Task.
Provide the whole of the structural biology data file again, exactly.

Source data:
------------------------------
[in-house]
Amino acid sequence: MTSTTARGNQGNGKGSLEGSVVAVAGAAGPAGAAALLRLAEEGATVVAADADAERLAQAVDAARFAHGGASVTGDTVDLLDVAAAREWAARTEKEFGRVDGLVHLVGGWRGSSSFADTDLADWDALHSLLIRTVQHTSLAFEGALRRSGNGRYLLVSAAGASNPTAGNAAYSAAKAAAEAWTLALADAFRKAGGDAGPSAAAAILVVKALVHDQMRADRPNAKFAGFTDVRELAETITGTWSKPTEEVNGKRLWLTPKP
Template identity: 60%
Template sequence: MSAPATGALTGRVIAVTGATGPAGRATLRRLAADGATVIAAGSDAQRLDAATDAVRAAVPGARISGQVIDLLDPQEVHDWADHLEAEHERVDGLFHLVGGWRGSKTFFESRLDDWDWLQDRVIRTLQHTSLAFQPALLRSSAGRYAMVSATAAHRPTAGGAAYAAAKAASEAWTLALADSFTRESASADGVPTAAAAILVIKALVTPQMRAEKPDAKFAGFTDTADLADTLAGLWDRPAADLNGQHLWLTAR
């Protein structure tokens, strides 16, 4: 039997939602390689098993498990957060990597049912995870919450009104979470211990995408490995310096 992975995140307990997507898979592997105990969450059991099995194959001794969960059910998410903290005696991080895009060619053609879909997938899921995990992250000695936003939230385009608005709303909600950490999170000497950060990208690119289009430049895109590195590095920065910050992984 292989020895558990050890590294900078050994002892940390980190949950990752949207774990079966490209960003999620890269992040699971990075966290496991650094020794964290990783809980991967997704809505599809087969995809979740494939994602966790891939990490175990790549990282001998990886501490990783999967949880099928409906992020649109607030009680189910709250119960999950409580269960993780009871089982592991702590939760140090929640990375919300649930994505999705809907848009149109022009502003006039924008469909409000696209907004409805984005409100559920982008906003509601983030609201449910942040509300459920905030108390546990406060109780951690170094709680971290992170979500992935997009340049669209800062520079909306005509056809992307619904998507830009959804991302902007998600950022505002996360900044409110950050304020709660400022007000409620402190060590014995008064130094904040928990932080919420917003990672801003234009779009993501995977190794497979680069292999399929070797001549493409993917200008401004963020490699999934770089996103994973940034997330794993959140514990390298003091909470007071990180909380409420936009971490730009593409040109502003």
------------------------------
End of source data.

[in-house]
Amino acid sequence: MTSTTARGNQGNGKGSLEGSVVAVAGAAGPAGAAALLRLAEEGATVVAADADAERLAQAVDAARFAHGGASVTGDTVDLLDVAAAREWAARTEKEFGRVDGLVHLVGGWRGSSSFADTDLADWDALHSLLIRTVQHTSLAFEGALRRSGNGRYLLVSAAGASNPTAGNAAYSAAKAAAEAWTLALADAFRKAGGDAGPSAAAAILVVKALVHDQMRADRPNAKFAGFTDVRELAETITGTWSKPTEEVNGKRLWLTPKP
Template identity: 60%
Template sequence: MSAPATGALTGRVIAVTGATGPAGRATLRRLAADGATVIAAGSDAQRLDAATDAVRAAVPGARISGQVIDLLDPQEVHDWADHLEAEHERVDGLFHLVGGWRGSKTFFESRLDDWDWLQDRVIRTLQHTSLAFQPALLRSSAGRYAMVSATAAHRPTAGGAAYAAAKAASEAWTLALADSFTRESASADGVPTAAAAILVIKALVTPQMRAEKPDAKFAGFTDTADLADTLAGLWDRPAADLNGQHLWLTAR
């Protein structure tokens, strides 16, 4: 039997939602390689098993498990957060990597049912995870919450009104979470211990995408490995310096 992975995140307990997507898979592997105990969450059991099995194959001794969960059910998410903290005696991080895009060619053609879909997938899921995990992250000695936003939230385009608005709303909600950490999170000497950060990208690119289009430049895109590195590095920065910050992984 292989020895558990050890590294900078050994002892940390980190949950990752949207774990079966490209960003999620890269992040699971990075966290496991650094020794964290990783809980991967997704809505599809087969995809979740494939994602966790891939990490175990790549990282001998990886501490990783999967949880099928409906992020649109607030009680189910709250119960999950409580269960993780009871089982592991702590939760140090929640990375919300649930994505999705809907848009149109022009502003006039924008469909409000696209907004409805984005409100559920982008906003509601983030609201449910942040509300459920905030108390546990406060109780951690170094709680971290992170979500992935997009340049669209800062520079909306005509056809992307619904998507830009959804991302902007998600950022505002996360900044409110950050304020709660400022007000409620402190060590014995008064130094904040928990932080919420917003990672801003234009779009993501995977190794497979680069292999399929070797001549493409993917200008401004963020490699999934770089996103994973940034997330794993959140514990390298003091909470007071990180909380409420936009971490730009593409040109502003």